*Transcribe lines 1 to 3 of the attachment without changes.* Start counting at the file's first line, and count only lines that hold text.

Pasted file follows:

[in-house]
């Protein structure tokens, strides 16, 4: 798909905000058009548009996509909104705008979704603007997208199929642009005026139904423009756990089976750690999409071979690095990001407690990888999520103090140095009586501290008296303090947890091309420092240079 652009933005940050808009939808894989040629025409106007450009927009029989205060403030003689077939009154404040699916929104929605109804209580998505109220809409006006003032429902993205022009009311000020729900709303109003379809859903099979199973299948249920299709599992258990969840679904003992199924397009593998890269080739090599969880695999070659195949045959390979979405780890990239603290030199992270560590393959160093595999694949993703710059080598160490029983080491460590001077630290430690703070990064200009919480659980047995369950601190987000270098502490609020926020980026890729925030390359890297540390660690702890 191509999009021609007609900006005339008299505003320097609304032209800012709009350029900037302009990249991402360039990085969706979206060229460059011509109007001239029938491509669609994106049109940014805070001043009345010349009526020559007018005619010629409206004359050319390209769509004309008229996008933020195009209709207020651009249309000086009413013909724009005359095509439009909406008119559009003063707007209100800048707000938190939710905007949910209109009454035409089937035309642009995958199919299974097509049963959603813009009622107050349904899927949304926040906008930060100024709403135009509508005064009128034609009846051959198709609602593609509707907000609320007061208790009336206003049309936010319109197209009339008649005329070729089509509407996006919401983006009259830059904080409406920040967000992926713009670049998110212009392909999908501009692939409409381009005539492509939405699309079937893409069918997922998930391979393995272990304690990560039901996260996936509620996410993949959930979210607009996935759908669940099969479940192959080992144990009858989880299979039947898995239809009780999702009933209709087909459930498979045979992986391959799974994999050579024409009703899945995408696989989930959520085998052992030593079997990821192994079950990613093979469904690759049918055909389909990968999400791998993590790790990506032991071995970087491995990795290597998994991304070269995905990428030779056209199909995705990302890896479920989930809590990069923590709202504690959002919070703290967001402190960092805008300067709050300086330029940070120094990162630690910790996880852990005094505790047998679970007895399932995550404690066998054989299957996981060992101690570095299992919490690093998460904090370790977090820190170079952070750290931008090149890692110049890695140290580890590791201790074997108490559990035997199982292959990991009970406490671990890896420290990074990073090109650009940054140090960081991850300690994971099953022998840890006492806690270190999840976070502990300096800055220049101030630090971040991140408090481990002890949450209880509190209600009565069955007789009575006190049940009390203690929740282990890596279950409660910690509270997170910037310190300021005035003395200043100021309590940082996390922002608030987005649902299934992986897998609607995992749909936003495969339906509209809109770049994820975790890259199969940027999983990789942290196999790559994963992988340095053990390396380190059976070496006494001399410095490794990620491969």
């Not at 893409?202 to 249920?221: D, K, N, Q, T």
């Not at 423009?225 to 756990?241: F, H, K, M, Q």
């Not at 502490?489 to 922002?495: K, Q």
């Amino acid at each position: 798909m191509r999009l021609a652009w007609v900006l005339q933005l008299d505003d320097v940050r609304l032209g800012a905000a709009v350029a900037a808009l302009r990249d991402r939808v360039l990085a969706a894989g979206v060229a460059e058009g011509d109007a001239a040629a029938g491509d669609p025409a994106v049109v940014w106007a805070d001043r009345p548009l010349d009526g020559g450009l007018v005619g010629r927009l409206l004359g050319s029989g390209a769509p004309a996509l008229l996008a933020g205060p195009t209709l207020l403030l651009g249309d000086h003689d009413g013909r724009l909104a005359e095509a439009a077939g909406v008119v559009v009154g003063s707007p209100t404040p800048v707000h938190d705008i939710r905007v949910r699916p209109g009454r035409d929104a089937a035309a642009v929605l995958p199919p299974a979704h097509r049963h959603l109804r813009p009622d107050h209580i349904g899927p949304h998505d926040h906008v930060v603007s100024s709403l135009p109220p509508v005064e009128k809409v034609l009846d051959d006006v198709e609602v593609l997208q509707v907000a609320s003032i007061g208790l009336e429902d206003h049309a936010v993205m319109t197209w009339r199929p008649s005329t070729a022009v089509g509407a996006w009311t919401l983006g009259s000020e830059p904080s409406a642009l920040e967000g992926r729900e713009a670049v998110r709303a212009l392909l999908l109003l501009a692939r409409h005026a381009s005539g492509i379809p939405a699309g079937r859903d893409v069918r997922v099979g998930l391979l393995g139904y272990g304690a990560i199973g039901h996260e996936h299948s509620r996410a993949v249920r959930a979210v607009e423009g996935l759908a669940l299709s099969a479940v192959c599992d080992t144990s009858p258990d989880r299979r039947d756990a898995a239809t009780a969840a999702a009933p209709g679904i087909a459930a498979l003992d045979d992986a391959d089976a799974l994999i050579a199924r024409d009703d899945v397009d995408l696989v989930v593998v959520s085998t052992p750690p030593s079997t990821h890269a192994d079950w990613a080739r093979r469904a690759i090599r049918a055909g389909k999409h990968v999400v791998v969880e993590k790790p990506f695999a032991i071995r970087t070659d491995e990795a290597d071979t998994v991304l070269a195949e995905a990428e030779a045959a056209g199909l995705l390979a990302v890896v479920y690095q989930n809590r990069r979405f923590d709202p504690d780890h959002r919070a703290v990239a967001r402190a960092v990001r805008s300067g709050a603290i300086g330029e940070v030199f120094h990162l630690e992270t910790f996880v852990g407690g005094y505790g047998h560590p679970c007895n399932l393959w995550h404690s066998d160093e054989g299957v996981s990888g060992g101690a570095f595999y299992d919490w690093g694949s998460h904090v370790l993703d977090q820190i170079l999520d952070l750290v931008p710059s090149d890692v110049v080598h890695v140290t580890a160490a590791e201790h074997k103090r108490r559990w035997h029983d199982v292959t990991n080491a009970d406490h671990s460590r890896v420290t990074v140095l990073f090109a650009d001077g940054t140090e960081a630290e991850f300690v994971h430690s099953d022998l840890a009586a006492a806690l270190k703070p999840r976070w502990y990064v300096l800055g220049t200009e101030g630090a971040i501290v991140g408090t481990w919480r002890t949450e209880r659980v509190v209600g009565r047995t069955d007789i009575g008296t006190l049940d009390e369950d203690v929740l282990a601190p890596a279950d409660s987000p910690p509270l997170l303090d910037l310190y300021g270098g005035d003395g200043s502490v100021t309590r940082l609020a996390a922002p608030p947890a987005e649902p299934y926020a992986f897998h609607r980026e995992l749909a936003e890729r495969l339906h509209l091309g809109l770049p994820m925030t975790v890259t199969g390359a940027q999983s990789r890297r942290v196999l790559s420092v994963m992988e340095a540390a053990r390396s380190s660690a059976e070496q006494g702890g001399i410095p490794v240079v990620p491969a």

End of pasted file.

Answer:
[in-house]
């Protein structure tokens, strides 16, 4: 798909905000058009548009996509909104705008979704603007997208199929642009005026139904423009756990089976750690999409071979690095990001407690990888999520103090140095009586501290008296303090947890091309420092240079 652009933005940050808009939808894989040629025409106007450009927009029989205060403030003689077939009154404040699916929104929605109804209580998505109220809409006006003032429902993205022009009311000020729900709303109003379809859903099979199973299948249920299709599992258990969840679904003992199924397009593998890269080739090599969880695999070659195949045959390979979405780890990239603290030199992270560590393959160093595999694949993703710059080598160490029983080491460590001077630290430690703070990064200009919480659980047995369950601190987000270098502490609020926020980026890729925030390359890297540390660690702890 191509999009021609007609900006005339008299505003320097609304032209800012709009350029900037302009990249991402360039990085969706979206060229460059011509109007001239029938491509669609994106049109940014805070001043009345010349009526020559007018005619010629409206004359050319390209769509004309008229996008933020195009209709207020651009249309000086009413013909724009005359095509439009909406008119559009003063707007209100800048707000938190939710905007949910209109009454035409089937035309642009995958199919299974097509049963959603813009009622107050349904899927949304926040906008930060100024709403135009509508005064009128034609009846051959198709609602593609509707907000609320007061208790009336206003049309936010319109197209009339008649005329070729089509509407996006919401983006009259830059904080409406920040967000992926713009670049998110212009392909999908501009692939409409381009005539492509939405699309079937893409069918997922998930391979393995272990304690990560039901996260996936509620996410993949959930979210607009996935759908669940099969479940192959080992144990009858989880299979039947898995239809009780999702009933209709087909459930498979045979992986391959799974994999050579024409009703899945995408696989989930959520085998052992030593079997990821192994079950990613093979469904690759049918055909389909990968999400791998993590790790990506032991071995970087491995990795290597998994991304070269995905990428030779056209199909995705990302890896479920989930809590990069923590709202504690959002919070703290967001402190960092805008300067709050300086330029940070120094990162630690910790996880852990005094505790047998679970007895399932995550404690066998054989299957996981060992101690570095299992919490690093998460904090370790977090820190170079952070750290931008090149890692110049890695140290580890590791201790074997108490559990035997199982292959990991009970406490671990890896420290990074990073090109650009940054140090960081991850300690994971099953022998840890006492806690270190999840976070502990300096800055220049101030630090971040991140408090481990002890949450209880509190209600009565069955007789009575006190049940009390203690929740282990890596279950409660910690509270997170910037310190300021005035003395200043100021309590940082996390922002608030987005649902299934992986897998609607995992749909936003495969339906509209809109770049994820975790890259199969940027999983990789942290196999790559994963992988340095053990390396380190059976070496006494001399410095490794990620491969």
């Not at 893409?202 to 249920?221: D, K, N, Q, T």